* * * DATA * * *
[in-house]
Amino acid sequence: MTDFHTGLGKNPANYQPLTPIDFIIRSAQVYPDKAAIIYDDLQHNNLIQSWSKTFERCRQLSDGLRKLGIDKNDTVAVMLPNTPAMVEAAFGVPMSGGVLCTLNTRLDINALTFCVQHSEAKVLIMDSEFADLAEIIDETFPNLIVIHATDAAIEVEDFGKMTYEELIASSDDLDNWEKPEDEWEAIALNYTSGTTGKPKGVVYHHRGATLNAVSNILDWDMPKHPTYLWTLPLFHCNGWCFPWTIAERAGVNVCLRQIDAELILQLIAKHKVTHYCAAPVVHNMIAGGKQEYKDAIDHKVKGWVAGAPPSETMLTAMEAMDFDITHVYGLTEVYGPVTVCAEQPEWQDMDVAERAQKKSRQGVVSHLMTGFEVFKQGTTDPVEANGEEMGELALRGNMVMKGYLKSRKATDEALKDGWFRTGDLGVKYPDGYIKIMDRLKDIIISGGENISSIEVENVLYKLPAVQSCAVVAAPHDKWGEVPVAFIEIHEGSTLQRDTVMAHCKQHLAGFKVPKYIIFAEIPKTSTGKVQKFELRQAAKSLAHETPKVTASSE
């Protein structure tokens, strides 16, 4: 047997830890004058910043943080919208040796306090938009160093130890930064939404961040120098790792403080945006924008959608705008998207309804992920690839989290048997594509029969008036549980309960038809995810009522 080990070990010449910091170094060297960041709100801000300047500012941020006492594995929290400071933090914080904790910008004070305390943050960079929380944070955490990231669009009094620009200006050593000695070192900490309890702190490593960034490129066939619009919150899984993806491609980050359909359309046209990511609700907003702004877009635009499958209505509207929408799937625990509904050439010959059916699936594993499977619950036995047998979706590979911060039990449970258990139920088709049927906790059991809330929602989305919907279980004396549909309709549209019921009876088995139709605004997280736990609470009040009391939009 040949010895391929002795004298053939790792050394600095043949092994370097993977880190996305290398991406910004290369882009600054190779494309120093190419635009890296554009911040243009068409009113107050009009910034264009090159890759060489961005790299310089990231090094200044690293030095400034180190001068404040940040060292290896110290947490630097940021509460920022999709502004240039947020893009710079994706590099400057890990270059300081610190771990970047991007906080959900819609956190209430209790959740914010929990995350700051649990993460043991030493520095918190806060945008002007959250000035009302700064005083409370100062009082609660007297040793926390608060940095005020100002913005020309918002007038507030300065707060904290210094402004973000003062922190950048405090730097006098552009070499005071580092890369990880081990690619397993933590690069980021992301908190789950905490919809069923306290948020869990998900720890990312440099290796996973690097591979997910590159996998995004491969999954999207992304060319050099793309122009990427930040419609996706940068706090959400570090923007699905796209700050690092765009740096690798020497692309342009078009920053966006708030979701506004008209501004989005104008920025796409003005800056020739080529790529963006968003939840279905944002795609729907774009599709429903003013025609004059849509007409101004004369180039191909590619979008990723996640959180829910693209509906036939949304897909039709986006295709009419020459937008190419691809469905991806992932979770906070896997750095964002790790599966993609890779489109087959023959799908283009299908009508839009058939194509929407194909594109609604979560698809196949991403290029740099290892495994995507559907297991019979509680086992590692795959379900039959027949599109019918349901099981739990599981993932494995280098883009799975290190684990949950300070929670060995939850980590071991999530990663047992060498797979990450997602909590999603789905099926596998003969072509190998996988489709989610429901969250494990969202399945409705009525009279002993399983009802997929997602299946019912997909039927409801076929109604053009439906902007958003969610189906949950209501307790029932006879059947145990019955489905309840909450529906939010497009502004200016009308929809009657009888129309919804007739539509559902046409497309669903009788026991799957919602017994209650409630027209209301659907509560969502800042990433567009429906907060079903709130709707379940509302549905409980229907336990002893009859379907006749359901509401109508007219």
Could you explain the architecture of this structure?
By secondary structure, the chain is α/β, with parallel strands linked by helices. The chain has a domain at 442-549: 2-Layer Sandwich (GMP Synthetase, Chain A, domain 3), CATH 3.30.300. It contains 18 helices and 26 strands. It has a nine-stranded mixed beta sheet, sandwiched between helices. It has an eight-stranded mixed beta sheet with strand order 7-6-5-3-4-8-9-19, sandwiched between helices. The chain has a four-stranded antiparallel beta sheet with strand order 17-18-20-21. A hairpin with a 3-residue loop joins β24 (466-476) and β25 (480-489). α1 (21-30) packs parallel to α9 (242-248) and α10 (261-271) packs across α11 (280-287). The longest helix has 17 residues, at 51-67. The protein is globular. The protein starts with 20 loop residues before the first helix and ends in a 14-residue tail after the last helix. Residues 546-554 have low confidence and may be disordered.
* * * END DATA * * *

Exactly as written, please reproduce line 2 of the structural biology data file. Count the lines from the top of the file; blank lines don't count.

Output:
Amino acid sequence: MTDFHTGLGKNPANYQPLTPIDFIIRSAQVYPDKAAIIYDDLQHNNLIQSWSKTFERCRQLSDGLRKLGIDKNDTVAVMLPNTPAMVEAAFGVPMSGGVLCTLNTRLDINALTFCVQHSEAKVLIMDSEFADLAEIIDETFPNLIVIHATDAAIEVEDFGKMTYEELIASSDDLDNWEKPEDEWEAIALNYTSGTTGKPKGVVYHHRGATLNAVSNILDWDMPKHPTYLWTLPLFHCNGWCFPWTIAERAGVNVCLRQIDAELILQLIAKHKVTHYCAAPVVHNMIAGGKQEYKDAIDHKVKGWVAGAPPSETMLTAMEAMDFDITHVYGLTEVYGPVTVCAEQPEWQDMDVAERAQKKSRQGVVSHLMTGFEVFKQGTTDPVEANGEEMGELALRGNMVMKGYLKSRKATDEALKDGWFRTGDLGVKYPDGYIKIMDRLKDIIISGGENISSIEVENVLYKLPAVQSCAVVAAPHDKWGEVPVAFIEIHEGSTLQRDTVMAHCKQHLAGFKVPKYIIFAEIPKTSTGKVQKFELRQAAKSLAHETPKVTASSE